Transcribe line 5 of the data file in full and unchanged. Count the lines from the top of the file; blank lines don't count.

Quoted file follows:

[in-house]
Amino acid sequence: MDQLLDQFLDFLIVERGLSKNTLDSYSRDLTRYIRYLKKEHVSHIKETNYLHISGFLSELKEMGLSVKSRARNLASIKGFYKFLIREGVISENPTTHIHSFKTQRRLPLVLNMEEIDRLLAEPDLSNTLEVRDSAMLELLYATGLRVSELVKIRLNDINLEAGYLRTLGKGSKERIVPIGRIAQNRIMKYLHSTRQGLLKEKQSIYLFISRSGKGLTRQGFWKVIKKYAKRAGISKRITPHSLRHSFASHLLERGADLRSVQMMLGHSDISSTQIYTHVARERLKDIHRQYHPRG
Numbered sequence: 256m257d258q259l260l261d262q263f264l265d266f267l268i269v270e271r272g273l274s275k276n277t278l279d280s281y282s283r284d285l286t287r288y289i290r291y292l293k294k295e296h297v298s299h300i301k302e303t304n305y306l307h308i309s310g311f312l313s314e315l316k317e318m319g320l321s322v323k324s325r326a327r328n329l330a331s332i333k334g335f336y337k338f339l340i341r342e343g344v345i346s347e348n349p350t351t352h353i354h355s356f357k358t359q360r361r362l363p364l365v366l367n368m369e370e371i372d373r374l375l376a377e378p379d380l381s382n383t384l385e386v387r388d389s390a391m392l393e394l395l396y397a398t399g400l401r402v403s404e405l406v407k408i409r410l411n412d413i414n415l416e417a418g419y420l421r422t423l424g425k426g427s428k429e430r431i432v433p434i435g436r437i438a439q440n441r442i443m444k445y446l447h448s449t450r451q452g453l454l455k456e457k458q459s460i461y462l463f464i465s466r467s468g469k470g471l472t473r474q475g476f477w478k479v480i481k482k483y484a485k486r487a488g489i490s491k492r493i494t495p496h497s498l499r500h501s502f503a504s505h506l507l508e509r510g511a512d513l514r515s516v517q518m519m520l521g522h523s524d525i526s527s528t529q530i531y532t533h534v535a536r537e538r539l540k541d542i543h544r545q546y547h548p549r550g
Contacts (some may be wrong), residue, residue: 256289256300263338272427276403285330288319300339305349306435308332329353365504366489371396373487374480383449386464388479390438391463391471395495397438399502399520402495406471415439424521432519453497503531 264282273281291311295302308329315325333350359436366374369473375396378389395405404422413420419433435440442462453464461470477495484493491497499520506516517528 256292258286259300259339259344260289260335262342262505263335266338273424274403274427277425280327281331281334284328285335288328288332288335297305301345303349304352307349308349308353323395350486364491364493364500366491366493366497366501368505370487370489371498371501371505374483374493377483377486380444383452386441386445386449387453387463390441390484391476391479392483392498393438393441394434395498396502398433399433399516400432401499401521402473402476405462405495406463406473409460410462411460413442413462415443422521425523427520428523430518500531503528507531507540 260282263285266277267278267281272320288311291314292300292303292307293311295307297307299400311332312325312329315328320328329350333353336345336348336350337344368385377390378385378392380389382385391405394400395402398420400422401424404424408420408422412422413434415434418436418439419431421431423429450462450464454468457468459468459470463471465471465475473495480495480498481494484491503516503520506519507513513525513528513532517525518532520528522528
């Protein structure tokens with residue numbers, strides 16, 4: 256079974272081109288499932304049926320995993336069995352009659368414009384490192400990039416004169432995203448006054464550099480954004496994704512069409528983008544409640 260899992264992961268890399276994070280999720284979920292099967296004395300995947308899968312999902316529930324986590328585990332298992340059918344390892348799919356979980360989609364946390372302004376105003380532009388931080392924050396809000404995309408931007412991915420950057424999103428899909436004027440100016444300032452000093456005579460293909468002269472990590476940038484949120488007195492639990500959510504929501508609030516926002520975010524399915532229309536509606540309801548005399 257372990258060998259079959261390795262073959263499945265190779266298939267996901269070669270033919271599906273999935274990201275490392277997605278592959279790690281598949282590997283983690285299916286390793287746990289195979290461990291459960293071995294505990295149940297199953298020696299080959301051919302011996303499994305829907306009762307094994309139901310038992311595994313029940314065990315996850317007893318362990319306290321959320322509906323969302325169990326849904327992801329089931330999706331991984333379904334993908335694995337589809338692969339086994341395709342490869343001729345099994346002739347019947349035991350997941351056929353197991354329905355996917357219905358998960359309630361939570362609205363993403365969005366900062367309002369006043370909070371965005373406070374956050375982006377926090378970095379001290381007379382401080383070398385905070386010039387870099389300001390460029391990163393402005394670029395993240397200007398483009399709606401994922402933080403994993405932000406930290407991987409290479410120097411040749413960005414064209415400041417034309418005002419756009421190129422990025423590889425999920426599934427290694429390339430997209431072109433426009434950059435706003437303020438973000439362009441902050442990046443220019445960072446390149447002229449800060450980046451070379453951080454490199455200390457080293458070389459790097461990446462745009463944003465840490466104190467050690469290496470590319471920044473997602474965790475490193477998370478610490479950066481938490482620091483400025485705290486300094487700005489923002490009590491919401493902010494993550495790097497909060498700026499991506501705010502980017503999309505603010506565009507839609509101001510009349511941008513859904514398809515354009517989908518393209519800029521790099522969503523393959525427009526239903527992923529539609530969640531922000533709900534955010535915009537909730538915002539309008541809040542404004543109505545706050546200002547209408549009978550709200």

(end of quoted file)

């Protein structure tokens with residue numbers, strides 16, 4: 256079974272081109288499932304049926320995993336069995352009659368414009384490192400990039416004169432995203448006054464550099480954004496994704512069409528983008544409640 260899992264992961268890399276994070280999720284979920292099967296004395300995947308899968312999902316529930324986590328585990332298992340059918344390892348799919356979980360989609364946390372302004376105003380532009388931080392924050396809000404995309408931007412991915420950057424999103428899909436004027440100016444300032452000093456005579460293909468002269472990590476940038484949120488007195492639990500959510504929501508609030516926002520975010524399915532229309536509606540309801548005399 257372990258060998259079959261390795262073959263499945265190779266298939267996901269070669270033919271599906273999935274990201275490392277997605278592959279790690281598949282590997283983690285299916286390793287746990289195979290461990291459960293071995294505990295149940297199953298020696299080959301051919302011996303499994305829907306009762307094994309139901310038992311595994313029940314065990315996850317007893318362990319306290321959320322509906323969302325169990326849904327992801329089931330999706331991984333379904334993908335694995337589809338692969339086994341395709342490869343001729345099994346002739347019947349035991350997941351056929353197991354329905355996917357219905358998960359309630361939570362609205363993403365969005366900062367309002369006043370909070371965005373406070374956050375982006377926090378970095379001290381007379382401080383070398385905070386010039387870099389300001390460029391990163393402005394670029395993240397200007398483009399709606401994922402933080403994993405932000406930290407991987409290479410120097411040749413960005414064209415400041417034309418005002419756009421190129422990025423590889425999920426599934427290694429390339430997209431072109433426009434950059435706003437303020438973000439362009441902050442990046443220019445960072446390149447002229449800060450980046451070379453951080454490199455200390457080293458070389459790097461990446462745009463944003465840490466104190467050690469290496470590319471920044473997602474965790475490193477998370478610490479950066481938490482620091483400025485705290486300094487700005489923002490009590491919401493902010494993550495790097497909060498700026499991506501705010502980017503999309505603010506565009507839609509101001510009349511941008513859904514398809515354009517989908518393209519800029521790099522969503523393959525427009526239903527992923529539609530969640531922000533709900534955010535915009537909730538915002539309008541809040542404004543109505545706050546200002547209408549009978550709200």